Some questions about my acer palmatum

Fidur

Shohin
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About a month ago, I saw this (or maybe these two) acer in a nursery (no labels), wich is very rare here. Probably because of our weather. I know it will be a challenge to keep this alive trough the years, but I will try it gets the winter dormancy
I think it's a green acer "Sonkootgre" (though it's not important to me)
It's been very healthy and in the last couple weeks it is growing new branches.

IMG_20210812_133027.jpg IMG_20210812_132622.jpg

I would like to know about some issues I don't completly understand.
If you look at this pic,

IMG_20210812_132731.jpg
a) Is it grafted ? I think it is not, but ....
b) In the left sapling there is a problem where those 4 branches join . Also it seems there are two different saplings. What should you do about if it were yours?
c) Those aerial roots are normal? Should I remove them?
d) If you look closer, you'll see some white points. I have watched them with my magnifying glass, and also touched them. No bugs, but a white powder. And it only happens in the boundaries of recently lignified areas (not in buds or sprouts). Do you know what can it be?

Thanks in advance for your comments.
 

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Chumono
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You would have to dig down a little to see if there are 2 trees on their own roots. I do not see a graft. Maybe others may see one.

What I think happened is that the soil was originally up and over the exposed roots and the pot was knocked over and the soil spilled out and was not replaced.

The 4 branch junction on the left will cause inverse taper down the road if left alone. If it were mine, I would keep the main thickest leader and the left most branch growing outward. It will open up the middle of the tree as well.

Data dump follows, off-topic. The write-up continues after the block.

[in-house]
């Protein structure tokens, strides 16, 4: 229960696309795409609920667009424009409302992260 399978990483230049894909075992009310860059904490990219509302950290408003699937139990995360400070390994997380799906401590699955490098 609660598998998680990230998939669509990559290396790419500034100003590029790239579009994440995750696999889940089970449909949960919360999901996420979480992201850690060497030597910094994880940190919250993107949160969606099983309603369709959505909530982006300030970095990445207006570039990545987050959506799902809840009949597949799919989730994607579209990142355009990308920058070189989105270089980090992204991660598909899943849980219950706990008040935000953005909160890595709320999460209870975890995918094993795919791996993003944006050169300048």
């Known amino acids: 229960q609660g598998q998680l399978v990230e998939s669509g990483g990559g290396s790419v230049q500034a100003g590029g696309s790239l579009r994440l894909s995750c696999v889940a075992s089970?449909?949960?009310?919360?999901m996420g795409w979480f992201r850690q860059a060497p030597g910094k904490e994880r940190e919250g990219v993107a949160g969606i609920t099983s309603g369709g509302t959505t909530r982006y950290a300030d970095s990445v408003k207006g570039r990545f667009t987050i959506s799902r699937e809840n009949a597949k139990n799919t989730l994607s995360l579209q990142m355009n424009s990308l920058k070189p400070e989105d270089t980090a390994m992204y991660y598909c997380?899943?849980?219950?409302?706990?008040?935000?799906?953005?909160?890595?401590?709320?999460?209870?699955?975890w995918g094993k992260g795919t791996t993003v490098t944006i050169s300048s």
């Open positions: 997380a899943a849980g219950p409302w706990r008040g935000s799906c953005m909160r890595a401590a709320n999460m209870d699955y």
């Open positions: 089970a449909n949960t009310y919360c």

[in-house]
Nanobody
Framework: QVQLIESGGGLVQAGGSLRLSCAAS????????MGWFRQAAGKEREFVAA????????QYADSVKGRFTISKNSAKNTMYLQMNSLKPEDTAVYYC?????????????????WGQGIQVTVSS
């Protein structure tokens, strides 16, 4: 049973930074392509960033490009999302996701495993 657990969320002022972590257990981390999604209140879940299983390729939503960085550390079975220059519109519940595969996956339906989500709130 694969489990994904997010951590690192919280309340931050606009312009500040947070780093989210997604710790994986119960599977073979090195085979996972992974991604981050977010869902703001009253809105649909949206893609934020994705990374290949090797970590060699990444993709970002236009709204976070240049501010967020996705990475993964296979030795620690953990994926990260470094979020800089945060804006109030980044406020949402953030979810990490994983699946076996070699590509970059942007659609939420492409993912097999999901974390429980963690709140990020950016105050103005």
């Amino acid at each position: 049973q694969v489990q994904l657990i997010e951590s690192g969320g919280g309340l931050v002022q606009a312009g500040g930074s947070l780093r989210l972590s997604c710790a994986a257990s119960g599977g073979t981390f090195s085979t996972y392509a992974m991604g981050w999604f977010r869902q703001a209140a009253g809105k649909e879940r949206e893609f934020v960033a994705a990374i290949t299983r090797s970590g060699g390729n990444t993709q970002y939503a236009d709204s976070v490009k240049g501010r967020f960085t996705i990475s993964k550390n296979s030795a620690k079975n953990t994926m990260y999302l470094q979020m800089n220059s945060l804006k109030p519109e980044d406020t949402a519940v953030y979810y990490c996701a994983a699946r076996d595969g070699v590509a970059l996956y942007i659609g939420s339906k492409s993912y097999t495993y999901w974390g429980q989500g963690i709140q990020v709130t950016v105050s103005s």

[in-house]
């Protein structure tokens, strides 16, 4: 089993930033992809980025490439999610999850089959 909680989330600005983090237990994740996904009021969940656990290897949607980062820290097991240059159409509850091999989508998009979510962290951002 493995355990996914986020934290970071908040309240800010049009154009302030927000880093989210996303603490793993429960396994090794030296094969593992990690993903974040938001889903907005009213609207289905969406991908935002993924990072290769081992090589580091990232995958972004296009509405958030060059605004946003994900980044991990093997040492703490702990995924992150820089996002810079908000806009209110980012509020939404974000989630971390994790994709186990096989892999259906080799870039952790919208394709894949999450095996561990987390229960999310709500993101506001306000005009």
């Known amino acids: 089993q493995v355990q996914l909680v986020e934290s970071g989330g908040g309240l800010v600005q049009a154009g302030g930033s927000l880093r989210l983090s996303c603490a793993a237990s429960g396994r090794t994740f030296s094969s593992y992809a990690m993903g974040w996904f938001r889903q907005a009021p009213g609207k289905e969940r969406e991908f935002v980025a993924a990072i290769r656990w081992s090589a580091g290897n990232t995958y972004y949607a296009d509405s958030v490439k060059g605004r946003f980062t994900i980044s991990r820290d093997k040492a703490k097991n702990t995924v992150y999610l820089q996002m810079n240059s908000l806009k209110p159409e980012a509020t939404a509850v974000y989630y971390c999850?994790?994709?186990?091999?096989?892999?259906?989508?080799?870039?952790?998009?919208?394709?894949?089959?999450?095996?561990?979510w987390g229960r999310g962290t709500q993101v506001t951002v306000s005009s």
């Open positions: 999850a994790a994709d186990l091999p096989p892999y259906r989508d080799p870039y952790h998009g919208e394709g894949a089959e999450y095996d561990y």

Fidur

Shohin
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You would have to dig down a little to see if there are 2 trees on their own roots. I do not see a graft. Maybe others may see one.
Yes, next spring I will find out if I can divide, or a two trunk it will be.
What I think happened is that the soil was originally up and over the exposed roots and the pot was knocked over and the soil spilled out and was not replaced.
So this is not a typical behaviour of the spice. Then I will remove those exposed roots in due time...
The 4 branch junction on the left will cause inverse taper down the road if left alone. If it were mine, I would keep the main thickest leader and the left most branch growing outward. It will open up the middle of the tree as well.
Yes, that's the problem I previewed. I will do what you suggest.

About that powder, is it something typical in early lignifications?, Maybe some lime?....or could it be a fungi?
 

rodeolthr

Mame
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It is possible that this is a rooted cutting and you happen to have found one that has 2 in one pot.
 

bwaynef

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a) Is it grafted ? I think it is not, but ....
No
b) In the left sapling there is a problem where those 4 branches join . Also it seems there are two different saplings. What should you do about if it were yours?
Simplify the branching. Leave the primary trunk and one branch. Make sure the branch you leave comes off the trunk at a pleasing angle and won't interfere with the branching elsewhere in the tree/planting. Its entirely possible this is two seedlings. You can determine that at repot time next spring.
c) Those aerial roots are normal? Should I remove them?
Its normal and I'd probably work to remove them, but you need more information. It will likely be obvious what to do when you're repotting it in this spring.
d) If you look closer, you'll see some white points. I have watched them with my magnifying glass, and also touched them. No bugs, but a white powder. And it only happens in the boundaries of recently lignified areas (not in buds or sprouts). Do you know what can it be?
I've seen white on JMaples, usually as striations when the trunks age a bit. I'd keep a watch on these white specks though.
 

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